North American Birds

VOLUME 70 NO3-NO4 2019

A Quarterly Journal of Ornithological Record Published by the American Birding Association. The mission of the journal is to provide a complete overview of the changing panorama of our continent’s birdlife.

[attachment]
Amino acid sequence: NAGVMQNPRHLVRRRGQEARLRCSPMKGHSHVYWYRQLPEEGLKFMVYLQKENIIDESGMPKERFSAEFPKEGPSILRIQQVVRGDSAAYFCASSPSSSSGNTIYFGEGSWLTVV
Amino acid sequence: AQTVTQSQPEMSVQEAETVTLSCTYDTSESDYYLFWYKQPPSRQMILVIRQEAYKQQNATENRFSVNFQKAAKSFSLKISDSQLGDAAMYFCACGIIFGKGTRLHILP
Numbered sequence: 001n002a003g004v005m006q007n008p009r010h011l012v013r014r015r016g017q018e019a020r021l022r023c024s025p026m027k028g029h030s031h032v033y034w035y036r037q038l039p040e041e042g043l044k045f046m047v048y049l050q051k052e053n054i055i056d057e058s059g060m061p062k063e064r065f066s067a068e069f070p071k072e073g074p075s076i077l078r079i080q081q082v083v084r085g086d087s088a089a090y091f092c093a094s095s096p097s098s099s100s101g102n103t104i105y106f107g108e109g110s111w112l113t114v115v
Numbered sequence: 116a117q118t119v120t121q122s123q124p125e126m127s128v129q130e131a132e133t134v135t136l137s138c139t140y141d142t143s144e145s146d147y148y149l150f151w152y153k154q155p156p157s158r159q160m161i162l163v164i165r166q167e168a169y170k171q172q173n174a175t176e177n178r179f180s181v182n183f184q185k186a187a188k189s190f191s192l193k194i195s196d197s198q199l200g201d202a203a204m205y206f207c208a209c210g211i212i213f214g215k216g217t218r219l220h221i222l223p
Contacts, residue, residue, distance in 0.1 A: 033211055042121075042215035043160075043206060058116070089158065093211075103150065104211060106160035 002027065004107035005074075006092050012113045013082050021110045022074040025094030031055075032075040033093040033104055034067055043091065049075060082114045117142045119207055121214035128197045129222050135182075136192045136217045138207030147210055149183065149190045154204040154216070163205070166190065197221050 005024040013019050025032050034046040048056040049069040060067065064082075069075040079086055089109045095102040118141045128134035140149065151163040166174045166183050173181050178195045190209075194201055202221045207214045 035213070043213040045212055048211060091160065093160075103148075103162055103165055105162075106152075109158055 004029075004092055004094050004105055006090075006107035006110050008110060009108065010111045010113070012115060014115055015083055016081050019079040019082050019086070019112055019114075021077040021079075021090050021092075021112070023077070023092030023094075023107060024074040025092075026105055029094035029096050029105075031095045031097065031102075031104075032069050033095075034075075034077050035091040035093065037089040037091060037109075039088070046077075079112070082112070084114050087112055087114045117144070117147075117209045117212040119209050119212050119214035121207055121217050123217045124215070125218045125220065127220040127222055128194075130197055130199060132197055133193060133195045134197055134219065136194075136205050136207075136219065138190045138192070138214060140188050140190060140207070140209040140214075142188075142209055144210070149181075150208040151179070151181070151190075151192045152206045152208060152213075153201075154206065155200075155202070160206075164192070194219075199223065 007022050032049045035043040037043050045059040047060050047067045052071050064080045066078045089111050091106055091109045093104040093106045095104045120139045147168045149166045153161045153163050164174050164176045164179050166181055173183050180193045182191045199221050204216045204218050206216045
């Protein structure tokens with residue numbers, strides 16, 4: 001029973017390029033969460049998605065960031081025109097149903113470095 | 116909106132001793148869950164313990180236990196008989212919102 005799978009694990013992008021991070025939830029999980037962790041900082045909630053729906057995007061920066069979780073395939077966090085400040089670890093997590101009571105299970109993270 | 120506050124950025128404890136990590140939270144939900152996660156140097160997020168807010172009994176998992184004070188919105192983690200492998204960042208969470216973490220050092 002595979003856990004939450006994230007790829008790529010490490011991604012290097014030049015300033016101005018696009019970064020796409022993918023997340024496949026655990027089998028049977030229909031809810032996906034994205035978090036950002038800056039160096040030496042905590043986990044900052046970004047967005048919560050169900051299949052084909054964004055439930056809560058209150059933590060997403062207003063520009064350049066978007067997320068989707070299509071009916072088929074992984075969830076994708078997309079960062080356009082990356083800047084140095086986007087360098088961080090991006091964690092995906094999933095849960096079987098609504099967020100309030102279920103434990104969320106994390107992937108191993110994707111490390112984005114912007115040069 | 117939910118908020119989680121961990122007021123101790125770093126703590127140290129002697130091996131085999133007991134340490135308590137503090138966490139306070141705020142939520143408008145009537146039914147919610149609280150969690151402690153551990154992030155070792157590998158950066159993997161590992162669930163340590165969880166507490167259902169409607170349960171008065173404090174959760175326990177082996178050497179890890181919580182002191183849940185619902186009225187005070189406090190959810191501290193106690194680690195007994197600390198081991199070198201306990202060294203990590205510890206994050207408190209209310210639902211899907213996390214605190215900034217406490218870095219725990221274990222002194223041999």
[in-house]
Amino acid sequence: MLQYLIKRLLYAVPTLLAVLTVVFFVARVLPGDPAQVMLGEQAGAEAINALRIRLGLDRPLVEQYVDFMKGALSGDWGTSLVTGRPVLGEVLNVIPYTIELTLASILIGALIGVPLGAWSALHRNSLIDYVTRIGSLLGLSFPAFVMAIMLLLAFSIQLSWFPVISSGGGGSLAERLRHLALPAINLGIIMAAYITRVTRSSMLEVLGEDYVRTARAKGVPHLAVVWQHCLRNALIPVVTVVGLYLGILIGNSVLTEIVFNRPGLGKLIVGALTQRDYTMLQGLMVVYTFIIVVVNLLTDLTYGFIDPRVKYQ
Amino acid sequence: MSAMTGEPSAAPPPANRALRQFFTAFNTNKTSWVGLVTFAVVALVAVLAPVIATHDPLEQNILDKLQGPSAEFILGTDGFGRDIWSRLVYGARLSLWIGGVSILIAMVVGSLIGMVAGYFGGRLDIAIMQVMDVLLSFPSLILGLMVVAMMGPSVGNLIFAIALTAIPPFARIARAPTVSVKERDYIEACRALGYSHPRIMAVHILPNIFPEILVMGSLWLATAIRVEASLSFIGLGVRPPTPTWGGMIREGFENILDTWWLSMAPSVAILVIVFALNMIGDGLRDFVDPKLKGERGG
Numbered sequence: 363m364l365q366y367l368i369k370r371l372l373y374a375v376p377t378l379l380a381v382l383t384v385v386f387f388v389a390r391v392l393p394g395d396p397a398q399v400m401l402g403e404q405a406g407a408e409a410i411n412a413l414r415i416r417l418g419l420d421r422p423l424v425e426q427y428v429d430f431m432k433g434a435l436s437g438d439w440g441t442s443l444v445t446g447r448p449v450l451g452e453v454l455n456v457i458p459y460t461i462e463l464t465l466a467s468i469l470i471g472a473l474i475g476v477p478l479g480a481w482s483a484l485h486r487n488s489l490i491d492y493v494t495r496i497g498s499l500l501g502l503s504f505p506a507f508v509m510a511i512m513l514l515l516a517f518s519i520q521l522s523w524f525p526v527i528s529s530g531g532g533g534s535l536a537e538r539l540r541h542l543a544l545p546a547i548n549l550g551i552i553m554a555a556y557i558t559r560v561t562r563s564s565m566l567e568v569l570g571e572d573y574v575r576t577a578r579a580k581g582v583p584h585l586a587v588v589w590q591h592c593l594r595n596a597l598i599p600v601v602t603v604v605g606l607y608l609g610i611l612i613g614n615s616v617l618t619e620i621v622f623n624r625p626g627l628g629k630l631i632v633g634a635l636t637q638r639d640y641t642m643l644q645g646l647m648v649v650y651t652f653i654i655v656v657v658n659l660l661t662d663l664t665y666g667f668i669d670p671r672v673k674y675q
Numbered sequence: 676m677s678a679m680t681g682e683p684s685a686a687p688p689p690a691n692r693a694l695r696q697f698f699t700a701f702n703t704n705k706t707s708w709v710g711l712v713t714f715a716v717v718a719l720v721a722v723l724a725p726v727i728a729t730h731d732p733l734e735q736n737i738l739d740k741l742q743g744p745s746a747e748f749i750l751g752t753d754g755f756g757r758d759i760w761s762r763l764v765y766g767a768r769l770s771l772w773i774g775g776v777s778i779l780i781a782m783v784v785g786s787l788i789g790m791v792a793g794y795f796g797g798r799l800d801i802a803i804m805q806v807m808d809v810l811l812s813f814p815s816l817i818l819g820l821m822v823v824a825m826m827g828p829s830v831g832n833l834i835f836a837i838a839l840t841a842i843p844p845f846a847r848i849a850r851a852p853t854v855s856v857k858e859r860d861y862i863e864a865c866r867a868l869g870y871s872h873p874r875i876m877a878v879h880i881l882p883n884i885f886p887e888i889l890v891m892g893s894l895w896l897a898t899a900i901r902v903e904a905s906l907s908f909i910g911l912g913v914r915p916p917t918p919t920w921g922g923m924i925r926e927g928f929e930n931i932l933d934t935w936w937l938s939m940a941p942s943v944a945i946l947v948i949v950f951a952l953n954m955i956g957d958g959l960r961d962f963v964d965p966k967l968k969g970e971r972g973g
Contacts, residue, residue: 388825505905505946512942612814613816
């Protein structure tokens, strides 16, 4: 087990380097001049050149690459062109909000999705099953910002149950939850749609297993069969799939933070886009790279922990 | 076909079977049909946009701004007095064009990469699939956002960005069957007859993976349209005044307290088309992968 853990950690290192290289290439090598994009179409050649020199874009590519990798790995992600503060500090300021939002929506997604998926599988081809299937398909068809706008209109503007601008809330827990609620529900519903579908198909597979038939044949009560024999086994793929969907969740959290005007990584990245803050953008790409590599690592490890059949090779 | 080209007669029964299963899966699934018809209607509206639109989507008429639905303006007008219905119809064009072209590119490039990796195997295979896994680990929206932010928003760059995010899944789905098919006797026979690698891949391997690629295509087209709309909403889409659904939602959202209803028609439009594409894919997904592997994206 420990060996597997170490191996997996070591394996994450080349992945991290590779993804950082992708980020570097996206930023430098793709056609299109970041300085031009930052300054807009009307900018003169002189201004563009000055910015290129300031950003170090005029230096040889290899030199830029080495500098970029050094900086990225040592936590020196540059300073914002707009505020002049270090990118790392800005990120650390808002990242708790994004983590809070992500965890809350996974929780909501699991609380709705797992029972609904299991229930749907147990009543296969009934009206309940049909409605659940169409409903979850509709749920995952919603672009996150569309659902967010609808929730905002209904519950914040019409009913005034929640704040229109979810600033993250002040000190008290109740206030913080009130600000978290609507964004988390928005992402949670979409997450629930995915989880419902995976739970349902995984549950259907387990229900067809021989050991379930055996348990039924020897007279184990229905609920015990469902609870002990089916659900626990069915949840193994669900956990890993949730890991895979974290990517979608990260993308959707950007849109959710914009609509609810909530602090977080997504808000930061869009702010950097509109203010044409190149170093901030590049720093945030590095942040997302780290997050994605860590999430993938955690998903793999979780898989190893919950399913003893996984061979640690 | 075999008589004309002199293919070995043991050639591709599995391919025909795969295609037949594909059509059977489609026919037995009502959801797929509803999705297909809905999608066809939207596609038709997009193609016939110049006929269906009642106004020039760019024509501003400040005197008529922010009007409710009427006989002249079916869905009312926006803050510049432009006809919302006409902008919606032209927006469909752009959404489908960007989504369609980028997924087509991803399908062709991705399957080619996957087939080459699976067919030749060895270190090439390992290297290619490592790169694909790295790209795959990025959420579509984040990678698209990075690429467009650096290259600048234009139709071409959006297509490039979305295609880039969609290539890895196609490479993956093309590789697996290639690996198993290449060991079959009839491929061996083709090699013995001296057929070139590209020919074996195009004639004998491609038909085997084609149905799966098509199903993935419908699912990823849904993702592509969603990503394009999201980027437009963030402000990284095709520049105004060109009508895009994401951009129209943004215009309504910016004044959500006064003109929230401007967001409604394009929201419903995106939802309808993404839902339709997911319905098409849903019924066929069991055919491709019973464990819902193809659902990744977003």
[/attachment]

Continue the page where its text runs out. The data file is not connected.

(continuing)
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V O L U M E 7 0 ( 2 0 1 9 ) • N U M B E R S 3 / 4 265 AT L A N T I C P R O V I N C E S & S T. P I E R R E E T M I Q U E LO N et al.) provided the province with its second re- cord of this species—one of only a few spring records for NA. A Townsend's Solitaire was an uncommon find for New Brunswick where reported 16 Mar in Richibucto Valley, Kent (ph. Robert Shortall). Two Gray-cheeked Thrush were surprising finds in Nova Scotia—one at Chebogue Pt., Yarmouth 8 May and the other at Amherst Pt. Bird Sanctuary, Amherst 29 May (fide IM). The overwintering Fieldfare remained at Lumsden, NL through 31 Mar (ph. Bill Bryden, Frank King, M. ob.). Varied Thrush is a rare vagrant to Newfoundland with previous records as - sociated with winter; thus, it was particularly exciting when an overwintering bird lingered through to 12 Mar at Rocky Hbr., Northern Pen., St. Anthony (ph. Darroch Whitaker), providing the first spring record of the species. Nova Scotia was the recipient of a significant influx of Brown Thrasher "overshoots" this sea - son otherwise uncommon in spring; Fig 1. (fide Ken McKenna). A Chipping X Clay-colored Sparrow pro - vided an interesting observation 17 May when Andrew Oliver found it amongst Chipping Sparrows feeding in his yard in Restigouche, NB. A Black-throated Sparrow dis - covered 21 Apr in the Tantramar Marshes, Sackville, NB provided that province with its first re - cord of that species (ph. Nicole MacDonald, John Klymoko, m. ob.). It lingered through 1 May. Unexpected was the appearance of an Oregon Dark-eyed Junco 26 Apr in St. Pierre, St. Pierre I, SPM (ph. Patrick Hacala). Very rare in spring, a Yellow-Breasted Chat was a surprise find 14–15 Mar in St. John's, NL (Ethel Dempsey, ph. Frank King, Brian Hill). Nova Scotia boasted an in - flux of 4 Orchard Orioles all of which represented a significant find. A second-year male was present 12–15 May in Southside, Shelburne (John & Sandra Nickerson, ph. Alix d'Entremont), another second-year male was observed in the Hali - fax Public Gardens, Halifax 17 May (Andrew Simpson), an adult male was found 19 May on Seal I., Yarmouth (Sylvia Fullerton, Sheila Mc - Curdy), and finally a third secondy-year male was present in Pubnico, Yarmouth 20 May (Si - mon d'Entremont, Richard Donaldson). An Or- chard Oriole discovered 25 May in St. Pierre, St. Pierre I., SPM was a very rare spring migrant (ph. Nathalie Michel), as well. Further n. in the region a female Bullock's Oriole provided a second provincial record for Newfoundland when located 23 Mar at a feeder in St. John's, NL (ph. Jared Clarke). The two overwintering Bullock's Orioles in Nova Scotia both contin - ued into the spring season—the individual at Whitney R., Cape Breton Regional Municipal - ity, Cape Breton I., lingered though 23 Apr (ph. Sue King-Grosse, m. ob.) while the other, a sec - ond-year male was last reported at Westmount, Cape Breton I. 7 Mar. (ph. Joe Mills). Another second-year male Bullock's Oriole visited Nova Scotia this season 27 Apr – 1 May on Big I., Pictou, NS (ph. Robert Lange). With only 16 previous spring overshoots, a Worm-eating War - bler was an unexpected find when discovered 18 May on Brier I., Digby, NS (ph. Russel Crosby). Similarly, the Louisiana Water - thrush at Crescent Beach, Halifax, NS 2–9 Apr (ph. Dave LeBlanc, m. ob.) was not only remarkably early but quite rare for spring, with only four previous spring reports (fide IM). Pine Warbler is a rare vagrant to Newfoundland so when one was observed 5–28 Mar within the General Protestant Cemetery, St. John's it was a good find (Gerald Hickey, m. ob.). The Summer Tanager found at West Langlade, Miquelon I., SPM 31 May was a rare vagrant to the French Is. (ph. Marie Jacques Jugan). Similarly the Scarlet Tanager present 9 May in ST. Pierre, St. Pierre I., SMP was also a rare vagrant for the French Is. (Laurent Jack - man). Also on 9 May, another Scarlet Tanager was found in the Region, this time in New - foundland; it was reported at Mt. Pearl, Avalon Pen. (ph. Brian Hill). Western Tanager is an uncommon spring vagrant in New Brunswick with one being reported 16 May at St. Leonard, Madawaska (Roy Lapointe). Nova Scotia was the recipient of an influx of 5 Blue Grosbeaks this season. Two were present at Port La Tour, Shelburne 10–12 May (Julie Smith, Mark Den - nis, Ervin Olsen), one was observed at Lower Clark's Creek Hbr., C.S.I. 8–11 May (Angie & Tony Millard, m. ob.), a female was observed at feeders in Blanford, Lunenburg 14 May (Chris Field), and the last report was also of a female Blue Grosbeak 15–18 May on Seal I., Yarmouth (Sylvia Fullerton). Considered a rare vagrant to the French Is. a male Blue Grosbeak was found 19 May in N. Langlade, Miquelon I., SPM (ph. Robert Lévêque). Indigo Bunting is present in spring in some portions of the Region but they are considered rare vagrants to the north. Thus 2 Indigo Bunting being reported on Miquelon I., — one in Miquelon, Miquelon I., 19 May and the other being present 29 & 30 May along the w. coast of Langlade, Miquelon I., SPM were very good finds, though it is possible that the two reports were of one individual. A Painted Bunting found 17–20 May on Seal I., Yarmouth, NS (Sylvia Fullerton et al.) was an uncommon spring visitor. Contributors: Roger Etcheberry (St. Pierre et Miquelon); Bruce Mactavish (Newfound- land and Labrador); Ian McLaren (Nova Scotia) . n Figure 1: Brown Thrasher Reports in Nova Scotia Location Dates Observer Dundee 11 Mar – early Apr Holly MacIntosh Great Village 26 Apr Robert Lange Stewiacke 26 Apr Myrna Isenor Bear R. 26 Apr Faye Salsman C.S.I. 1&18 May John Nickerson C.S.I. 11 May Cal Kimola BPI 20–21 May Atlantic Bird Observatory Berwick 21-22 May Beverley Kelly Mavillette 22 May Karel Allard Chebogue Pt., 26 May Eevin Olsen Ketch Hbr, Halifax 26 May Diane LeBlanc This Black-throated Sparrow, discovered by Nicole MacDonald 26 April (here photographed 28 April) in the Tantramar Marshes, provided New Brunswick with its first record of that species. Photo by © Bill Moreash This Oregon Dark-eyed Junco was well out of place and completely unexpected when discovered and photographed 26 April in St. Pierre. St. Pierre I., SPM. Photo by © Patrick Hacala